This blog represents most of the newspaper columns (appearing in various Colorado Community Newspapers and Yourhub.com) written by me, James LaRue, during the time in which I was the director of the Douglas County Libraries in Douglas County, Colorado. (Some columns are missing, due to my own filing errors.) This blog covers the time period from April 11, 1990 to January 12, 2012.

Unless I say so, the views expressed here are mine and mine alone. They may be quoted elsewhere, so long as you give attribution. The dates are (at least according my records) the dates of publication in one of the above print newspapers.

The blog archive (web view) is in chronological order. The display of entries, below, seems to be in reverse order, new to old.

All of the mistakes are of course my own responsibility.

Wednesday, July 7, 1993

July 7, 1993 - schools and public libraries

Lately, I've been thinking a lot about what kind of relationship makes sense between the public school and the public library.

Clearly, we cover a lot of the same ground. Both institutions are publicly-funded, both of us buy books, and I hope both of us come to mind when parents want to help their children learn something about the world around them.

There are areas where our services overlap, and other areas where we go out of our way to cooperate with one another.

Most of the overlap happens between school and public libraries. In both these organizations, you'll find children's literature. You'll also find lots of general non-fiction materials.

Both organizations teach children how to use the library. In the schools, this tends to be a more formal and regular process. At the public library, generally we only provide instruction to whole classes when a teacher asks us to. Otherwise, our instruction tends to be on a more individual basis.

The Douglas Public Library District even offers a special Teacher Library Card -- which allows classroom instructors serving Douglas County students to check out our books to supplement the resources available to them through the schools. In turn, several schools in Douglas County have adopted the Colorado Library Card, which opens up their doors to parents and community members.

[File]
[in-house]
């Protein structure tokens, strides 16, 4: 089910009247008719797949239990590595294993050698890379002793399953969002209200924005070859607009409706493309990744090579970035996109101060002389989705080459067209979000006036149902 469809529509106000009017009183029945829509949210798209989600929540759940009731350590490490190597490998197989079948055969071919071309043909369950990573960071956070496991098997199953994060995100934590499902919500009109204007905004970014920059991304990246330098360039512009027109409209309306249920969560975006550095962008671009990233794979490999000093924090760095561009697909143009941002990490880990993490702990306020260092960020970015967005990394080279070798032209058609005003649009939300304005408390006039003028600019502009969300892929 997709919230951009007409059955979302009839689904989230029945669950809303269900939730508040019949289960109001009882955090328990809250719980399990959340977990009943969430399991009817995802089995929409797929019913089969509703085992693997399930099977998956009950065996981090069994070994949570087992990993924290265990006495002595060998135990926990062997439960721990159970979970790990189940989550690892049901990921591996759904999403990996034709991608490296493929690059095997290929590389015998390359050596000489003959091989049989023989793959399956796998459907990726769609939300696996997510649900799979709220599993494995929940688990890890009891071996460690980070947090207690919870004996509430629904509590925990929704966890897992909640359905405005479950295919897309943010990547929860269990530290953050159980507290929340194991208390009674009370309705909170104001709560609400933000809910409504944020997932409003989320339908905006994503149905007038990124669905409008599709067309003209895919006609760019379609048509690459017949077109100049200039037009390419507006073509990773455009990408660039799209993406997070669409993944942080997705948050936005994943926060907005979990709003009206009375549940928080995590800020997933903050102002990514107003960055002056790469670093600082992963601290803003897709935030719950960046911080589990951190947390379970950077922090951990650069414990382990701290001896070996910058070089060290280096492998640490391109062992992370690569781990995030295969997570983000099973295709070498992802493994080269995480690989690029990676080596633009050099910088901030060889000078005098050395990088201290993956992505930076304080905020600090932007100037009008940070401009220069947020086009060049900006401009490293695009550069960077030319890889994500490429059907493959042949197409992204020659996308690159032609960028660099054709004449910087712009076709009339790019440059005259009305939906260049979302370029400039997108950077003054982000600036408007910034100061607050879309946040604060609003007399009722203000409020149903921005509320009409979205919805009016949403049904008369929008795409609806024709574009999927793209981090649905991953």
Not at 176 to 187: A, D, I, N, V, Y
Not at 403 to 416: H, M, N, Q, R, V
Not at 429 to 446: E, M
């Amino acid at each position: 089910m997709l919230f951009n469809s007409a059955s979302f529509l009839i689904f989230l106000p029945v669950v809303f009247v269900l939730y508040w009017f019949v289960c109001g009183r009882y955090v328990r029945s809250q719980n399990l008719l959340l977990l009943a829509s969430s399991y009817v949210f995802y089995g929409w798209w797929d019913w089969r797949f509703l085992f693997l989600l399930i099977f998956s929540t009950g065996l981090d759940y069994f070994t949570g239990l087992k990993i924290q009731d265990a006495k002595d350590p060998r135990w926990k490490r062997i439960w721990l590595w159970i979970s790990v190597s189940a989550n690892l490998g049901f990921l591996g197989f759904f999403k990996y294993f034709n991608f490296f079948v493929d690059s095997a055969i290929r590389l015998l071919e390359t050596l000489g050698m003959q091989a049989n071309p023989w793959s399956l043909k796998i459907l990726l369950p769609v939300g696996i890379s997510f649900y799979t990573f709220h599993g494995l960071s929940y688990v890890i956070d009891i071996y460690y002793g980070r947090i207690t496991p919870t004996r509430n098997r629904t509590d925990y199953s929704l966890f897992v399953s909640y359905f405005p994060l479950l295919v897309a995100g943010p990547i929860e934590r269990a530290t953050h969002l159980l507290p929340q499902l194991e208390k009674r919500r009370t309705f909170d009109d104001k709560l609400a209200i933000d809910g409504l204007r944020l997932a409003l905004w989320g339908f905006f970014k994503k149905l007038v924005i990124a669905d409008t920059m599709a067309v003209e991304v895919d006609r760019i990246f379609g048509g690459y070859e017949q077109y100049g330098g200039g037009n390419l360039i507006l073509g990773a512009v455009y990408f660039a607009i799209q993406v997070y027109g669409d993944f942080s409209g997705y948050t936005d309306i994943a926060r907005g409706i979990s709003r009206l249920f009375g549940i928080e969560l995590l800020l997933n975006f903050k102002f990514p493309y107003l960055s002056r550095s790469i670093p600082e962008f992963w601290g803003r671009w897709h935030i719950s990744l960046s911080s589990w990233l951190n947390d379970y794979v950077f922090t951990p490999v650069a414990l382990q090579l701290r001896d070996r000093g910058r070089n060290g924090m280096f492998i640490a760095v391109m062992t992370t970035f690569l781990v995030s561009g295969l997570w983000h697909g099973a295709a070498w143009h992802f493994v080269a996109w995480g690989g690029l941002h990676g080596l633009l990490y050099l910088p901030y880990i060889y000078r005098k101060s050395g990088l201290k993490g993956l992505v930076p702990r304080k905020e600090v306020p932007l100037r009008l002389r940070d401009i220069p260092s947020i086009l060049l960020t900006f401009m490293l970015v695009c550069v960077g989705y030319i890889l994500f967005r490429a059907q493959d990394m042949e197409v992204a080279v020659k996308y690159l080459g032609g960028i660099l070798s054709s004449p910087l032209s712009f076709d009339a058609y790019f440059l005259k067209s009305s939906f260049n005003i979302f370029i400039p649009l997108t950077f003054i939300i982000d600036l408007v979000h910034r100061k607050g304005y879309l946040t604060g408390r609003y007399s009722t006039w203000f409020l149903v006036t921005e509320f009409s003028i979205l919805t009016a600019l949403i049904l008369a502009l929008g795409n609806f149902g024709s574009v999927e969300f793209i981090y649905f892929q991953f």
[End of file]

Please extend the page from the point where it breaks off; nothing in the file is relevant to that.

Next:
A more recent sign of cooperation between the Douglas County School District and the Douglas Public Library District is our submission to the Colorado State Library of a grant for over $11,000. I'm very pleased to report that we got it, too.

This project, called "The Electronic Highway," will enable us to place, by this fall, DPLD computer catalog terminals and a PC- based reference workstation in three outlying elementary schools: Roxborough, Larkspur, and Cherry Valley. The school district will even provide delivery services back and forth between each school and the public library -- helping us to get library materials out to the people who don't happen to live close to one of our branches.

Beyond all this, it seems to me that school and public librarians just plain like each other.

But there are differences as well. School libraries have as their primary responsibility the support of the curriculum. Assuming they know what the curriculum is, and they've got some money, they can succeed at this task, providing precisely targeted materials to accomplish instructional goals.

The public library serves a broader clientele, and therefore requires a broader range of materials. Public library collections are more diffuse, less focused. Our mission is to represent some reasonable cross-sampling of the literature of our entire culture, with attention to the special needs of various age groups, from pre-school to senior citizen.

Unlike the school libraries, we can never succeed at this task -- until American and world culture itself becomes well-organized, which I find unlikely.

Sometimes, it may seem that our missions have been confused, and even reversed. In some schools, the focus has shifted away from formal instruction in reading, and toward a greater emphasis on recreational reading. But then some parents turn to us for curricular support, especially in such areas as phonics.

On occasion, the public library has even sponsored classes. For instance, Les Simonson has taught several classes at the public library on the writing of short stories and mysteries.

On the other hand, public libraries sponsoring classes on writing is like a restaurant sponsoring classes on cooking. It's just planning for the future.

The public library also makes space for individual literacy tutoring, provided through the Adult Center for Training. But again, you could argue that such an arrangement is in our own best interests. People who can't read don't use libraries.

Over the next couple of months, the Philip S. Miller Library will offer two kinds of support for yet another player. You may have read in the paper about the Academy Charter School. This is an attempt to form an alternative, publicly-funded elmentary school in Douglas County, under recent enabling legislation by the state.

Materials provided by the organizers of the charter school will be available at the Philip S. Miller reference desk. Completed forms (indicating interest in participating) may also be returned to the reference desk.

Ultimately, it seems to me that the public is well-served by alternatives. Let's face it: there's a big informational, educational, and intellectual marketplace out there. The wise consumer shops around.

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